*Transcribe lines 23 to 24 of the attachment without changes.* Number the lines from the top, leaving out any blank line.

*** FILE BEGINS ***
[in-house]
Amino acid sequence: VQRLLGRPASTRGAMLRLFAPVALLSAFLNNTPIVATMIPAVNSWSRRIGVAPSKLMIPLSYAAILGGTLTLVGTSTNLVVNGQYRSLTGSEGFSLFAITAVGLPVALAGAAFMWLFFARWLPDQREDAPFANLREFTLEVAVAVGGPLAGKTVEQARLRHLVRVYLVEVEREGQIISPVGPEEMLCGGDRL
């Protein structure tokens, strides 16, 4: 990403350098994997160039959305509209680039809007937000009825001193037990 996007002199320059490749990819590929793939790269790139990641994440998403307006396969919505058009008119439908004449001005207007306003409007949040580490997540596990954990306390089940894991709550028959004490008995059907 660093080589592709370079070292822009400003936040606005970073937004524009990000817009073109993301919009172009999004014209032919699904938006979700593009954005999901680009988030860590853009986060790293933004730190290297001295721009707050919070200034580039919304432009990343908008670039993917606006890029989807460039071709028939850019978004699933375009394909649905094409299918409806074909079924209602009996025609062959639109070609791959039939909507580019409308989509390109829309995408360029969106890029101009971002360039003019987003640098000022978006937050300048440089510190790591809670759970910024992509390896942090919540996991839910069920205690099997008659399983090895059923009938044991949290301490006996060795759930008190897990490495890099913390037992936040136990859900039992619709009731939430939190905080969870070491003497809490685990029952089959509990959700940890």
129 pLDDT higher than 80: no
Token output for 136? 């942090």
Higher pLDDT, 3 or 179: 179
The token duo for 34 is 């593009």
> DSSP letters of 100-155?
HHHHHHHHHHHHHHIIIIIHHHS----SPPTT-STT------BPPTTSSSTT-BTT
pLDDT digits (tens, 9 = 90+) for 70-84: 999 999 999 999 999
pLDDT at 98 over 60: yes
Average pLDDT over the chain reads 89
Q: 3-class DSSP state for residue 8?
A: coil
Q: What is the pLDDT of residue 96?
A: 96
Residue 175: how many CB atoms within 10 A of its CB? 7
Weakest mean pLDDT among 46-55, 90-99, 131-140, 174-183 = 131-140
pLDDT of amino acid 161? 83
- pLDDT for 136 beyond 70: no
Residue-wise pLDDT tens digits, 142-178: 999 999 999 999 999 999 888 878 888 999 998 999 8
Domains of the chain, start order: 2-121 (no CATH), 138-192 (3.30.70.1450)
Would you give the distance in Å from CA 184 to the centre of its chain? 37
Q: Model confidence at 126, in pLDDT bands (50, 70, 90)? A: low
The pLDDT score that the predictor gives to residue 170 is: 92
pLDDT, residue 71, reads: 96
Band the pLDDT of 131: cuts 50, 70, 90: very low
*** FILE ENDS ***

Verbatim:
Would you give the distance in Å from CA 184 to the centre of its chain? 37
Q: Model confidence at 126, in pLDDT bands (50, 70, 90)? A: low